To study Earth's past climate and make predictions about future climate changes, scientists use a variety of proxy methods and materials, including fossils, ice sheets, sediments, tree rings, shells, and rocks. For example, isotopic analysis of ice cores and biogenic carbonates can provide insights into past global temperature and sea level fluctuation. Lighter isotopes evaporate more quickly from warmer water, so shelled creatures that live in that environment tend to have shells enriched in heavier isotopes.
An additional technique for paleotemperature reconstruction is clumped isotope thermometry, which is based on the thermodynamic properties of 18O and 13C bonding and does not require knowledge of oxygen isotope ratios. In addition to carbon and oxygen isotopic composition, magnesium, strontium and calcium elemental information can help reconstruct water temperatures of the past.
To investigate climate change, Thermo Fisher Scientific is partnering with the Ice Memory Foundation on the Ice Memory initiative. This global project is supported by UNESCO and aims to collect and preserve ice cores from selected glaciers currently in danger of degradation or disappearance. The ice cores are transported to Antarctica and stored in the Ice Memory cave to safeguard the information for future generations of scientists.
Changes to Earth’s climate, reflected in the chemical composition of the water in ice cores, can be investigated using ion chromatography and triple quadrupole ICP-MS. The Ice Memory Laboratory uses these techniques and Thermo Scientific instruments to analyze several thousand samples each week.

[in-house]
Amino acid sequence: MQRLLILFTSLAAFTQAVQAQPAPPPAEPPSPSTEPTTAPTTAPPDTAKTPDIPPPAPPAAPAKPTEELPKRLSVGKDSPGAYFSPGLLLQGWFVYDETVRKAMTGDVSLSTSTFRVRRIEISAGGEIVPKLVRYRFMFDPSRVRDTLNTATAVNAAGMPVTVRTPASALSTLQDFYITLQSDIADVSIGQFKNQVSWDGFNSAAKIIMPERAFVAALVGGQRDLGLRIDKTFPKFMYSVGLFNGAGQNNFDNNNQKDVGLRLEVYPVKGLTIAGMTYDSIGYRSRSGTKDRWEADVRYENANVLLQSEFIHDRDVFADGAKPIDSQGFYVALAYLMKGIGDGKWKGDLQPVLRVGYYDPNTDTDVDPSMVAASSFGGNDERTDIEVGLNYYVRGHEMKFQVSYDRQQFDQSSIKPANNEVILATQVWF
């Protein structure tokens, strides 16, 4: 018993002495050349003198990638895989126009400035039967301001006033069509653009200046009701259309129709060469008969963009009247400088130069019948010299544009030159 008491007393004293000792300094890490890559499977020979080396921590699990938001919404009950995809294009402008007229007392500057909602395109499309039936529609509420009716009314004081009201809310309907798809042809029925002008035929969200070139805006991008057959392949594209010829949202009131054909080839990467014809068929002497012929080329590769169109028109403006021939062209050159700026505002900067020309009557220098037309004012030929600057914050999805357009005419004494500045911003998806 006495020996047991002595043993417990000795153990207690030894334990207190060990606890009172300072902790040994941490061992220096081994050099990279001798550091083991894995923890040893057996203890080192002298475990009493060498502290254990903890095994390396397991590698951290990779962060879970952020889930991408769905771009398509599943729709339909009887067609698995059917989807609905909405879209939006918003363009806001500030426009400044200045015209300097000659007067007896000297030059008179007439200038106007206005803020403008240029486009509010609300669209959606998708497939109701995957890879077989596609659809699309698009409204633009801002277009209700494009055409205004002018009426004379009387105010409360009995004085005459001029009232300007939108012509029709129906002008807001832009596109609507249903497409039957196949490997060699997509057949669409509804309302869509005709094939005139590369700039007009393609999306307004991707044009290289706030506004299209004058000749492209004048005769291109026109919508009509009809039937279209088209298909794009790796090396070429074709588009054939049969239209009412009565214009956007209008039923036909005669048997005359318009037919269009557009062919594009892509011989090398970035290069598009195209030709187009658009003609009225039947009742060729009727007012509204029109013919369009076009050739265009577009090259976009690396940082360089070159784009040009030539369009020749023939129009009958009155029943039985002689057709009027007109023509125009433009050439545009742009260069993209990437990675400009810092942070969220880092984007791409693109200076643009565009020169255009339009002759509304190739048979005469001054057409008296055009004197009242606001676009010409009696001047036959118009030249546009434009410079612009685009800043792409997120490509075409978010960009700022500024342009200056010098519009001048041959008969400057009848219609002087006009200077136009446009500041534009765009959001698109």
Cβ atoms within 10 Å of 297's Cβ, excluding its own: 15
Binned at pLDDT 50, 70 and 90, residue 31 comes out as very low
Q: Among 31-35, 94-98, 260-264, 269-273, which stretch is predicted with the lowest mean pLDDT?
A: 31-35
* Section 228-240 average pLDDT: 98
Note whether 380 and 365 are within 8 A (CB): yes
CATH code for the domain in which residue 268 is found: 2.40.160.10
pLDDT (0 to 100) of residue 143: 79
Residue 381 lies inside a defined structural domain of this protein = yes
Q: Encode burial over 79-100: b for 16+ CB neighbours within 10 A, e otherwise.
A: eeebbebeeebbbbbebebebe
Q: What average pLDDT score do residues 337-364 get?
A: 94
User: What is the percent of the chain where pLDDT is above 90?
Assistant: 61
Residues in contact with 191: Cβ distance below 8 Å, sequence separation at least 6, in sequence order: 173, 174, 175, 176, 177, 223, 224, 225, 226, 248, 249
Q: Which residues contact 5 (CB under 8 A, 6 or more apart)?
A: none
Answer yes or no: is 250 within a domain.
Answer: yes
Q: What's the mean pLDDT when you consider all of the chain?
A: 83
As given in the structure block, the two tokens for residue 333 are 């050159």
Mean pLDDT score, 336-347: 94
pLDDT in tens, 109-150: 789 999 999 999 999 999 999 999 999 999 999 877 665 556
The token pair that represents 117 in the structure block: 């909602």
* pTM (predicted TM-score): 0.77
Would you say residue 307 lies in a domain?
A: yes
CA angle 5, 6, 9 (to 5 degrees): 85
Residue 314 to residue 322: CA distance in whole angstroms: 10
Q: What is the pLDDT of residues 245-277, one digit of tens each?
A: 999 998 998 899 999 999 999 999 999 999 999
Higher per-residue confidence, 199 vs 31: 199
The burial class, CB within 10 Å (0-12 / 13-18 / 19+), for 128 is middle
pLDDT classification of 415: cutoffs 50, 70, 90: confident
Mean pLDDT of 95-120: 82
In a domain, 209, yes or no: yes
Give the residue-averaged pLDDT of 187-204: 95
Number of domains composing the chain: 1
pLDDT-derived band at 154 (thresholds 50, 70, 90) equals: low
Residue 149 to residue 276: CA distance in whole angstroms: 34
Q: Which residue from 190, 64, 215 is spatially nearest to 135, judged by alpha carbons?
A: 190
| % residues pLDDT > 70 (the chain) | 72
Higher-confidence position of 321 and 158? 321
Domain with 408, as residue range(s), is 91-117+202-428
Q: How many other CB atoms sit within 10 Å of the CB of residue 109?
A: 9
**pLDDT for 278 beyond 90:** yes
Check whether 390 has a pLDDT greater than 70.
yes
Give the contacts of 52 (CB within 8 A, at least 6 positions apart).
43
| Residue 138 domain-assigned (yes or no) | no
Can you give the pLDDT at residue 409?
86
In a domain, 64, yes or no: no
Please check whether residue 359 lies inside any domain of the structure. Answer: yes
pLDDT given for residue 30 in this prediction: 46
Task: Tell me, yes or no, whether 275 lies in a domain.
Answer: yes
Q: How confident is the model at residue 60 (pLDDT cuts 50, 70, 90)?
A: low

When water evaporates from warmer waters, the heavier oxygen isotope, 18O, is left behind, leaving the water vapor enriched in the lighter isotope, 16O. As a result, the glaciers are relatively enriched in 16O, while the oceans are relatively enriched in 18O. The difference in isotope ratio is more pronounced in colder climates than in warmer climates because the warmer temperatures allow the heavier isotopes to evaporate as well. As ice cores reflect geological time, the oxygen isotope variability in the cores can be used to reconstruct a history of past temperatures.
Changes in the oxygen isotope composition in ice layers represent changes in average ocean surface temperature. How does this work? Water molecules contain both heavy and light isotopes of hydrogen and oxygen. The water that forms glaciers (from which ice cores are taken) starts as vapor from the ocean. It then falls as snow and is compacted into ice.
The stable oxygen isotope geochemistry of fossils, as well as sediments in aquatic and marine environments is one of the most important tools in paleoceanography and paleoclimatology. Shells from animal and plant fossils all contain oxygen (either in the form of calcium carbonate or silicon dioxide). Once the organisms die, their shells, get buried in sediments on the bottom of lakes and oceans. By drilling cores into the sediment layer, scientists collect these fossils and use them to “read” past climate.